To all our dear neighbours in Hertfordshire... What a wonderful year the Bennet family has enjoyed with three of my girls successfully married! My darling Lydia, youngest of my five daughters is blissfully happy with her ‘dear Wickham’ as she calls him.  Just think of it – only sixteen years old, yet she was the first of my daughters to find a husband!   And such a man; he’s a dashing figure, always so courteous, so charming with a smile and compliment at the ready.  I remember when I admired a redcoat myself; indeed I still do at heart.  Lydia is such a lucky girl. The next delightful news came when Jane, my eldest, was married to Mr Bingley.  I always said her beauty would be her fortune.  So when I heard that Netherfield Park was to be taken by a young gentleman of large property, I knew it would be an ideal opportunity for one of my girls.  I can reveal that it was a lucky idea of mine that brought Jane and dear Charles together! When Bingley’s sisters invited her over for tea I insisted that she went on horseback rather than take the carriage, for I thought it likely to rain.  Then a bad cold kept her at Netherfield for some days, just as I had planned, and that was when they fell in love!   Mr Bingley is the most handsome young man ever seen, and worth at the least four or five thousand pounds a year! Yet (more…)
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Jane Austen News – Issue 4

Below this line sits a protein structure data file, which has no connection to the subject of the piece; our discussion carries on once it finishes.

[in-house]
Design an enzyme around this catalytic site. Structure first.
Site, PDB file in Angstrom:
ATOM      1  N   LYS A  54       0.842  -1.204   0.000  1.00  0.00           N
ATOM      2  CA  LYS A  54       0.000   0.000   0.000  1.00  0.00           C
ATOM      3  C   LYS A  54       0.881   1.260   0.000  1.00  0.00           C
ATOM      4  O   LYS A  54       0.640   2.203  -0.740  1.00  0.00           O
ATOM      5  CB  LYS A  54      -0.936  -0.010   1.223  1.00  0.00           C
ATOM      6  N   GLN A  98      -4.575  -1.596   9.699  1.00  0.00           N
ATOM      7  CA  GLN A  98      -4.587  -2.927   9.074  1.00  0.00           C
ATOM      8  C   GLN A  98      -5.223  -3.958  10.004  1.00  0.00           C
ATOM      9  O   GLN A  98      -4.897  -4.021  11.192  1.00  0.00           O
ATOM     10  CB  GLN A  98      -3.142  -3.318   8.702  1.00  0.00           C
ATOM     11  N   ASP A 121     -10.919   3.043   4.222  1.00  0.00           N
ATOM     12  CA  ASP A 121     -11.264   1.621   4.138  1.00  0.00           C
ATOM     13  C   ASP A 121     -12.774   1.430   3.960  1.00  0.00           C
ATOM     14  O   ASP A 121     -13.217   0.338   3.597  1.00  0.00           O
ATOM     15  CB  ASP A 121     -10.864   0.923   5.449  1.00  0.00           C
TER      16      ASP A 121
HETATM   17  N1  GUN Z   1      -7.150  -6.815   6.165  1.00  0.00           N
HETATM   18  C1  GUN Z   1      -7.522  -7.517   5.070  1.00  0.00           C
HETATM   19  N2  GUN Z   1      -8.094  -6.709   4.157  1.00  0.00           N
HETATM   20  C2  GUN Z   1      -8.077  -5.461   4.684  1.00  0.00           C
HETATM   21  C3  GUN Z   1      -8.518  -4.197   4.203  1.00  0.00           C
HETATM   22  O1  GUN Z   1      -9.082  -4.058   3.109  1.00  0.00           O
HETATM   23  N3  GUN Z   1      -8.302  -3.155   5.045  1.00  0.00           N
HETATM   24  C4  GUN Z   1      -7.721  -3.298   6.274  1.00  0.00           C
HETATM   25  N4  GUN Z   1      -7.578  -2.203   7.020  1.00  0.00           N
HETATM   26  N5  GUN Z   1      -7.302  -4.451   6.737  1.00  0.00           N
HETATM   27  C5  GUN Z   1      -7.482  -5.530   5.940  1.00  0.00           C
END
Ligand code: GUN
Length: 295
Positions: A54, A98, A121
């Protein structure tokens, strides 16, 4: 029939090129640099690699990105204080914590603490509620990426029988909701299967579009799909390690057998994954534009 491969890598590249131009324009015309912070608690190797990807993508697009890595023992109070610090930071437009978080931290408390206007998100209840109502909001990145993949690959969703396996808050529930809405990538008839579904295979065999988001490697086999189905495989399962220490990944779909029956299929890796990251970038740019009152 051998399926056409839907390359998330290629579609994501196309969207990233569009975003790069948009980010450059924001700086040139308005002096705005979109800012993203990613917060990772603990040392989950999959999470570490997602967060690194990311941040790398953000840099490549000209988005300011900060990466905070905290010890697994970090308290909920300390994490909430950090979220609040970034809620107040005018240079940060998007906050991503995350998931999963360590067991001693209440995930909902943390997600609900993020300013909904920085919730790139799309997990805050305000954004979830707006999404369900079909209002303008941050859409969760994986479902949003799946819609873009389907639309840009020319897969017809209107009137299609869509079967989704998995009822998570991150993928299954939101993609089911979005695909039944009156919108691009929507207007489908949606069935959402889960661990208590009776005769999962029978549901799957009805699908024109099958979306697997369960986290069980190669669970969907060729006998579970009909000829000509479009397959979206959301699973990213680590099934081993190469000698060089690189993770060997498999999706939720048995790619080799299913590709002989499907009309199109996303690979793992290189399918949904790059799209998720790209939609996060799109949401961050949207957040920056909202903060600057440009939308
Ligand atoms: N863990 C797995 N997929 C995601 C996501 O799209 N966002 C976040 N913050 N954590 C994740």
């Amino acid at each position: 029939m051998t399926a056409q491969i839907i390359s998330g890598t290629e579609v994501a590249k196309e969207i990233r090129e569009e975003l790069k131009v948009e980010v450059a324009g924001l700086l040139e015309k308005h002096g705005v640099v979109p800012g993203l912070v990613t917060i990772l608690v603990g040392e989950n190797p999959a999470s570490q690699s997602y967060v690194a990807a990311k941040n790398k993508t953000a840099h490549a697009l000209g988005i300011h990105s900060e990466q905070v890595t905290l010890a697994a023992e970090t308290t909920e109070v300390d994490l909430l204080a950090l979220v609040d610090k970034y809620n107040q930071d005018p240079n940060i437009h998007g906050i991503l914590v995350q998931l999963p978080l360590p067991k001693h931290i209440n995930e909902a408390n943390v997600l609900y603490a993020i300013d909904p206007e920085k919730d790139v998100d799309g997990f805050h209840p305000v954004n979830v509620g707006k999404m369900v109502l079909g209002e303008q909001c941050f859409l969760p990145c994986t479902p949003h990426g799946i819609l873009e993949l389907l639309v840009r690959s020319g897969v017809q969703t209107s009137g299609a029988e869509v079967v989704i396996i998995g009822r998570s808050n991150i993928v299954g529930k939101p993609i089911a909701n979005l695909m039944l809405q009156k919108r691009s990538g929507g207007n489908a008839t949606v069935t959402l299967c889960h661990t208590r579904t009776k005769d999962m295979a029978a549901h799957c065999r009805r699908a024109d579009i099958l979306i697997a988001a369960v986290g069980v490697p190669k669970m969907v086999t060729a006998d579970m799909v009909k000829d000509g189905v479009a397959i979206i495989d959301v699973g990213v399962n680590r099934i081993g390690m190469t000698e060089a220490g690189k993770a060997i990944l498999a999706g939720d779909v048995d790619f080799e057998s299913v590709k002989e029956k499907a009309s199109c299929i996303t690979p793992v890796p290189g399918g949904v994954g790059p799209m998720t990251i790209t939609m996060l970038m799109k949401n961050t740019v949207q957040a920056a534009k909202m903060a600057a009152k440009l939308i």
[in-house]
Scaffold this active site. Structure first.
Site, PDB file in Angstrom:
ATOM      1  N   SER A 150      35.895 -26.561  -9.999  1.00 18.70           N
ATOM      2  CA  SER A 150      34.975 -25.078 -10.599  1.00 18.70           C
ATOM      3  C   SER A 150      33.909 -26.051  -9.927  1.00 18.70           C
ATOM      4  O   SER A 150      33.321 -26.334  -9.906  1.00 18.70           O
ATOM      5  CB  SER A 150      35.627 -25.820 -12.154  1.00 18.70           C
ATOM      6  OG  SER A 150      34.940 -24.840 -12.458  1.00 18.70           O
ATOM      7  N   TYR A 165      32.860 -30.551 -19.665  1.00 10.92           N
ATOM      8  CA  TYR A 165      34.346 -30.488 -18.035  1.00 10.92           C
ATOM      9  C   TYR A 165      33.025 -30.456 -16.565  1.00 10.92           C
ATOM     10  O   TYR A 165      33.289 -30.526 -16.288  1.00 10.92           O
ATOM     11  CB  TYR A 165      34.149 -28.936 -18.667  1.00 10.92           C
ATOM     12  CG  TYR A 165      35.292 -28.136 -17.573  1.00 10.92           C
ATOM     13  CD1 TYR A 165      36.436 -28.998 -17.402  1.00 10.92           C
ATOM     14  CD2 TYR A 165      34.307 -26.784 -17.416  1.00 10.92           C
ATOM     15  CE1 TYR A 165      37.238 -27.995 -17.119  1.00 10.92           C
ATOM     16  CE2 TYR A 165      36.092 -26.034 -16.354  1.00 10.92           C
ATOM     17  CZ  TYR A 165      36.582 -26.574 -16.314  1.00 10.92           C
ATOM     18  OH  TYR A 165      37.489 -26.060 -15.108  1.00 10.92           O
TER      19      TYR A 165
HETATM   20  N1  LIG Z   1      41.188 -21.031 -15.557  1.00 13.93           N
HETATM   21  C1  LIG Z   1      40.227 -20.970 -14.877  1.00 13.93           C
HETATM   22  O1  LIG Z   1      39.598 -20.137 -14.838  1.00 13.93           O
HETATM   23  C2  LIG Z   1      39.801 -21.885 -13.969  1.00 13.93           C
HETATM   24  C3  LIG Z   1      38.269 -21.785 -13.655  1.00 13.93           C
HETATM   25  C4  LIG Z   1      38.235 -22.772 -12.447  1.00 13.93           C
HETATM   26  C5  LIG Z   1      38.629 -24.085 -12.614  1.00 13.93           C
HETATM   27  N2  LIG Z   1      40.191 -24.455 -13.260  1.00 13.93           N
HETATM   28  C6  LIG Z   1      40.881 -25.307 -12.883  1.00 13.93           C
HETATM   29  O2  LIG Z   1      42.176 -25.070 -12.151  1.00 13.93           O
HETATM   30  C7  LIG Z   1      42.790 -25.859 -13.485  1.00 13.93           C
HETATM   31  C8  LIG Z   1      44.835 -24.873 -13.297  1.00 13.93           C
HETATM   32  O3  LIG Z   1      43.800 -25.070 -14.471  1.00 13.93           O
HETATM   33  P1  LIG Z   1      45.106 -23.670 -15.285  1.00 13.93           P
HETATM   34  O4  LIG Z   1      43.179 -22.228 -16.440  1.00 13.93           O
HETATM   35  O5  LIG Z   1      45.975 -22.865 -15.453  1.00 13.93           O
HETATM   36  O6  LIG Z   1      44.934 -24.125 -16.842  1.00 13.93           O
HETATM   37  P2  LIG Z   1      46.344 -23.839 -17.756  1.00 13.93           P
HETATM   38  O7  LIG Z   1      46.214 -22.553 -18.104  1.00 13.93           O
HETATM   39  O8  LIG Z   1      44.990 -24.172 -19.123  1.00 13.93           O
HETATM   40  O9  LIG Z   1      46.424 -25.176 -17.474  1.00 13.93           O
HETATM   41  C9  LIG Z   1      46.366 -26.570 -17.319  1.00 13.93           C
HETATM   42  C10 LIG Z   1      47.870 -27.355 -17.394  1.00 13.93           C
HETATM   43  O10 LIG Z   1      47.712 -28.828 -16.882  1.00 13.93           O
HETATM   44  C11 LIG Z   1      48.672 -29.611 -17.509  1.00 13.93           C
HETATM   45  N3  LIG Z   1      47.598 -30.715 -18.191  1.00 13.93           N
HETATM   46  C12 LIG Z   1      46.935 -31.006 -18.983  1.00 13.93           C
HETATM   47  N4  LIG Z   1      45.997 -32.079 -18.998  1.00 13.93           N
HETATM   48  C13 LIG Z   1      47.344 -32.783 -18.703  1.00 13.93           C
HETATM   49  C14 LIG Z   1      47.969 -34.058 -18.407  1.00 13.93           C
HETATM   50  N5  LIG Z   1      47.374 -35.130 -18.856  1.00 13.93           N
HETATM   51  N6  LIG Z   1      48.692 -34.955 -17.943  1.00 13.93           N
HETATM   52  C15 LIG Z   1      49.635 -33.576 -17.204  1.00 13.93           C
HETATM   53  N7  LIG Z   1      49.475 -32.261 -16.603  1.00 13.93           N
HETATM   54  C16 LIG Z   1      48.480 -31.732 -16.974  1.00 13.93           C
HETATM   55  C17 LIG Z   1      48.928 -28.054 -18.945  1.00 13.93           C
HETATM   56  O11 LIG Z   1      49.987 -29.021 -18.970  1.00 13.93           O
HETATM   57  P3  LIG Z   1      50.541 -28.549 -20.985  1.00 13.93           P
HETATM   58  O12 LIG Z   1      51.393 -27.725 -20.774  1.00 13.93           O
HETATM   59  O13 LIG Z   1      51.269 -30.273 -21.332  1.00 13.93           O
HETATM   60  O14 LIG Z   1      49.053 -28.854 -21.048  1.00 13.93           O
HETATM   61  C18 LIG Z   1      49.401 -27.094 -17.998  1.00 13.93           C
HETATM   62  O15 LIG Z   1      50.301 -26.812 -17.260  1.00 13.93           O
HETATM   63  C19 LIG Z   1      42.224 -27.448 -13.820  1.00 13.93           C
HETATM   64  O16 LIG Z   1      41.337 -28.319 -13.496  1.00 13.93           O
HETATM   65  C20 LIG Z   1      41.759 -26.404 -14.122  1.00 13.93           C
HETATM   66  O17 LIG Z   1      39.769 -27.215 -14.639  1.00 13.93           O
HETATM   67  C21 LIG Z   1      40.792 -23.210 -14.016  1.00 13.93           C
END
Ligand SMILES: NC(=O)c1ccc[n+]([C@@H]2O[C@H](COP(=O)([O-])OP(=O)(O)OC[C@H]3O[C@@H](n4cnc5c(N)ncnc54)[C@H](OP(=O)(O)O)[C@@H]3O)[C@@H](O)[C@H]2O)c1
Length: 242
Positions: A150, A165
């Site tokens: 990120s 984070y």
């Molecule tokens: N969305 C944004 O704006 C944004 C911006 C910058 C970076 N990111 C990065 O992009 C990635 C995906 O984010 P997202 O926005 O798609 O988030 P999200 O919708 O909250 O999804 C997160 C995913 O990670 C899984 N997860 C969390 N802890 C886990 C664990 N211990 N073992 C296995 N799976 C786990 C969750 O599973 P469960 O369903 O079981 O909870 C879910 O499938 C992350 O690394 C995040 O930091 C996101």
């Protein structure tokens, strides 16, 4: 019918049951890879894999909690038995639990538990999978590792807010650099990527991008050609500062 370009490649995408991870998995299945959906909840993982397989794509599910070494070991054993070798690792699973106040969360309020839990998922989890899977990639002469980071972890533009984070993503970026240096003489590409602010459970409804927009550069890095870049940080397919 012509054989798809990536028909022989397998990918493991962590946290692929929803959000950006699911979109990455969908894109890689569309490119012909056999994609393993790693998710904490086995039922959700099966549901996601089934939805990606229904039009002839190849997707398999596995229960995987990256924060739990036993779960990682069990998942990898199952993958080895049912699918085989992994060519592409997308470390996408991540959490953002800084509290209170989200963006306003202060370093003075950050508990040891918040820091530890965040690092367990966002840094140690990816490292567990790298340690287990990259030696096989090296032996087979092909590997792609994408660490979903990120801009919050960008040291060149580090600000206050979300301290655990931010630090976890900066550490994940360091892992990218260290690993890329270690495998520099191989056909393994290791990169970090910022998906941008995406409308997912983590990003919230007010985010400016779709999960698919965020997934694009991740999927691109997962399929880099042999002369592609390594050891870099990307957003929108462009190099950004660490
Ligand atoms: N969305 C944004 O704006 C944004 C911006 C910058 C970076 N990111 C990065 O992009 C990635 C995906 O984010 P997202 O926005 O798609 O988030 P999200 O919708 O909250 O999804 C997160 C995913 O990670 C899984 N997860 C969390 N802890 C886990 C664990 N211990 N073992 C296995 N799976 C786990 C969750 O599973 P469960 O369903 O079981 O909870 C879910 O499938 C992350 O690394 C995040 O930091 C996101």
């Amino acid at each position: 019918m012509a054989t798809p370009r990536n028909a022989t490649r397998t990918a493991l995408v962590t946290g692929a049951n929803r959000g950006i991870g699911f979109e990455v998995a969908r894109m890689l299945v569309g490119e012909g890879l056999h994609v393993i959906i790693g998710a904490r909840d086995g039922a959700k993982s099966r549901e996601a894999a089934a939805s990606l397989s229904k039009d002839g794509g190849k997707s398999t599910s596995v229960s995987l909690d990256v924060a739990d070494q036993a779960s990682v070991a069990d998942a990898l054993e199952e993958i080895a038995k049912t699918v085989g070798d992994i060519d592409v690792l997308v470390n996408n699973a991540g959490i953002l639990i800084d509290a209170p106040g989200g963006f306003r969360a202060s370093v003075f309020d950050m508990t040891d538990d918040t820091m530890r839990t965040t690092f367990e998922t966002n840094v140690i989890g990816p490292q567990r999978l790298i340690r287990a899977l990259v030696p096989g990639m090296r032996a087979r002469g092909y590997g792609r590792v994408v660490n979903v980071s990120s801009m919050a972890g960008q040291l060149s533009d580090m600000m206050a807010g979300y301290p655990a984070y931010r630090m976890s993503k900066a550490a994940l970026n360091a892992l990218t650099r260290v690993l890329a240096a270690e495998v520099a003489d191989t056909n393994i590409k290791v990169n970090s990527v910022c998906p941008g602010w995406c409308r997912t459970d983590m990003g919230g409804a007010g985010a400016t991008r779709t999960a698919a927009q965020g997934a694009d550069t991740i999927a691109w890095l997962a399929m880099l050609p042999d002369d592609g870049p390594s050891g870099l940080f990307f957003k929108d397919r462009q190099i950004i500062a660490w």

jane austen knittingThe 10 Places All Austen Fans Should Visit  Bustle has recently compiled a list of the top ten places that fans of Jane Austen NEED to go to, and we were delighted to find ourselves at number one! Other locations included in the must-see sites are Lyme Park in Cheshire, which was the location used by the 1995 production of Pride and Prejudice for exterior shots of Pemberley, and Box Hill in Surrey, where Emma goes for that memorable group picnic. The full list can be found here: http://www.bustle.com/articles/141101-10-places-all-jane-austen-fans-should-visit. Literary Map Makes Planning a Cultural Break Easy  On a similar note, The Good Men Project has a nifty interactive map on their site which allows users to browse areas of the country and discover the famous books that are inspired by or set there. Each entry comes with suggestions of literary activities and sights to see based on the appropriate book, as well as a series of interesting facts and insider tips on places to eat or stay. Planning a short book-based break just got a whole lot easier. The map can be found at: http://goodmenproject.com/featured-content/dudes-guide-literary-hot-spots-wcz/ New Cozy Classics Coming Soon We love the range of books that Cozy Classics has to offer. The artistic duo Jack and Holman Wang recreate select classics in their distinctive one-word to one-felt-image format, and in doing so have made high-brow literature accessible to the very youngest of readers. Usually we’re used to seeing a slightly different edition of Pride and Prejudice to the (more…)